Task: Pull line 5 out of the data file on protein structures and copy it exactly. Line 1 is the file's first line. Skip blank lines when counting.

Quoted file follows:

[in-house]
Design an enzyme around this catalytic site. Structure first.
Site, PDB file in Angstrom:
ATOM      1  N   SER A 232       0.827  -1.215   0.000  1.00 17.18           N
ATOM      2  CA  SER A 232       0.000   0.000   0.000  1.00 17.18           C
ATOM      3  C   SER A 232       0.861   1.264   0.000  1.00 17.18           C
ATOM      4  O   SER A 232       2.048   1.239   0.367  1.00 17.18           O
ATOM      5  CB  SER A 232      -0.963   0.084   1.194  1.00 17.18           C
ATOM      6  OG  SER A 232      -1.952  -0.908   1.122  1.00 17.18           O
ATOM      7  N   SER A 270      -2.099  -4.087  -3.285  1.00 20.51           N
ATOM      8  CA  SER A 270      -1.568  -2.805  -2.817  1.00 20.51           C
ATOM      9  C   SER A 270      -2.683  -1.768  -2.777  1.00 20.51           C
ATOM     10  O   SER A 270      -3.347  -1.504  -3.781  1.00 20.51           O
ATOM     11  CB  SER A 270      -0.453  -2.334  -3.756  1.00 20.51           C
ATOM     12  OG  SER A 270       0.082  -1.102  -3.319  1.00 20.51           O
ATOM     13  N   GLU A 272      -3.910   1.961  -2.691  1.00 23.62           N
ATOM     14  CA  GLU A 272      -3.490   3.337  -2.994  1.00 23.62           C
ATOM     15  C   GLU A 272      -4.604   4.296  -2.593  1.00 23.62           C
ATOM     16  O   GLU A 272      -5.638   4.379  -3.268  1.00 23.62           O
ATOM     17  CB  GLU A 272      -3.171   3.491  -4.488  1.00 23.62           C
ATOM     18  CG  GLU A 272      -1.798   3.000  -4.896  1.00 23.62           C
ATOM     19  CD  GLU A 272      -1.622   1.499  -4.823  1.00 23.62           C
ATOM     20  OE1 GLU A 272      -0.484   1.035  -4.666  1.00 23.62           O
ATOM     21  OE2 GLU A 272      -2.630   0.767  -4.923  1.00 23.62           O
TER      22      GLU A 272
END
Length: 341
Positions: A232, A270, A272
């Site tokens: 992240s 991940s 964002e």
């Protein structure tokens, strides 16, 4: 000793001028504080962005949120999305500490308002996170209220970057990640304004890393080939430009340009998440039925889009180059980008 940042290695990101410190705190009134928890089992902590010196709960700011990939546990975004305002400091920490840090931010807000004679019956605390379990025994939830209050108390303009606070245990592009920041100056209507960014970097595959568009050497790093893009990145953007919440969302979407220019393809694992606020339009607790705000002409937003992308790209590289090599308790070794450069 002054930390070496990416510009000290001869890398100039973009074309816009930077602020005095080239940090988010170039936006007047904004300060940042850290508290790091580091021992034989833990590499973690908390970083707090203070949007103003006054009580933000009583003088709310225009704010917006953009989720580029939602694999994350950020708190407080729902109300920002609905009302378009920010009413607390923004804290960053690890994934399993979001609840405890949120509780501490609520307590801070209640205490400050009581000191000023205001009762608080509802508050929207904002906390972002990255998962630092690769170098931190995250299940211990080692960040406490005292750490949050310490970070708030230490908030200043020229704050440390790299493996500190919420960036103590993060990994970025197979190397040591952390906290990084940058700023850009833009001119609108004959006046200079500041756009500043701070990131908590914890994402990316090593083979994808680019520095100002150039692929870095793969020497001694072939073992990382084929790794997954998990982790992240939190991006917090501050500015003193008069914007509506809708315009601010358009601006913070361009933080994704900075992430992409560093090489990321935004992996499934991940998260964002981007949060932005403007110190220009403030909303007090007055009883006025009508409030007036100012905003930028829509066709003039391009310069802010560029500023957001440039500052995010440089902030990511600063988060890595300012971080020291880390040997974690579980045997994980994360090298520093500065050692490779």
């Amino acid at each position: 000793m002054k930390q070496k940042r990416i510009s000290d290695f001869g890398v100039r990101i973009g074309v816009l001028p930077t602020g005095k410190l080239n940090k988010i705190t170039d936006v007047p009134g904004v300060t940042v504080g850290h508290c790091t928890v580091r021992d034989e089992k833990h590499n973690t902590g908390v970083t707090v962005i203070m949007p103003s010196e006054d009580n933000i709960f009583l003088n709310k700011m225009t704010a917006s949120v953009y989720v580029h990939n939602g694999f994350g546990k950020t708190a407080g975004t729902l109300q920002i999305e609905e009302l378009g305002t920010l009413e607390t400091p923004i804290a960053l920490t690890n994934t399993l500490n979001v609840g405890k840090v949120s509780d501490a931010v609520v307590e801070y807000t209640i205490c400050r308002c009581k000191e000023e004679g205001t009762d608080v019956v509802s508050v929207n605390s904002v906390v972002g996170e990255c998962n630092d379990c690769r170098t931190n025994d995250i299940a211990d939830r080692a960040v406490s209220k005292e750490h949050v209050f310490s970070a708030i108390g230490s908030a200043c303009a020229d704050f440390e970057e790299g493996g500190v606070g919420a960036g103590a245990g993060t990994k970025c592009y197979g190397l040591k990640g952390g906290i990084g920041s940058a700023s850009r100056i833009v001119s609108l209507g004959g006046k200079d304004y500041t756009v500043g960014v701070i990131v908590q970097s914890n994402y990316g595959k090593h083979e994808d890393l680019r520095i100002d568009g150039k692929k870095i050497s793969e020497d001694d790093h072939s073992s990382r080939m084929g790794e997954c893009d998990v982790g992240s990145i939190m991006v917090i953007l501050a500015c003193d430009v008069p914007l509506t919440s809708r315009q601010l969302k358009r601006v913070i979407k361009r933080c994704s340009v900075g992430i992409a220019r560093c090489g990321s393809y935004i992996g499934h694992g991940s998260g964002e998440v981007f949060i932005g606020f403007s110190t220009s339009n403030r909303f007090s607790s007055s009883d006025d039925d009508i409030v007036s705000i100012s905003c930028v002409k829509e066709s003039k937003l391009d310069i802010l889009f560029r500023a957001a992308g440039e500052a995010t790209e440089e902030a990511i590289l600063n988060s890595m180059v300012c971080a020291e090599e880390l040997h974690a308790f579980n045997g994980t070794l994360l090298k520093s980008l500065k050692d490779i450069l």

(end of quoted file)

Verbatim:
ATOM      2  CA  SER A 232       0.000   0.000   0.000  1.00 17.18           C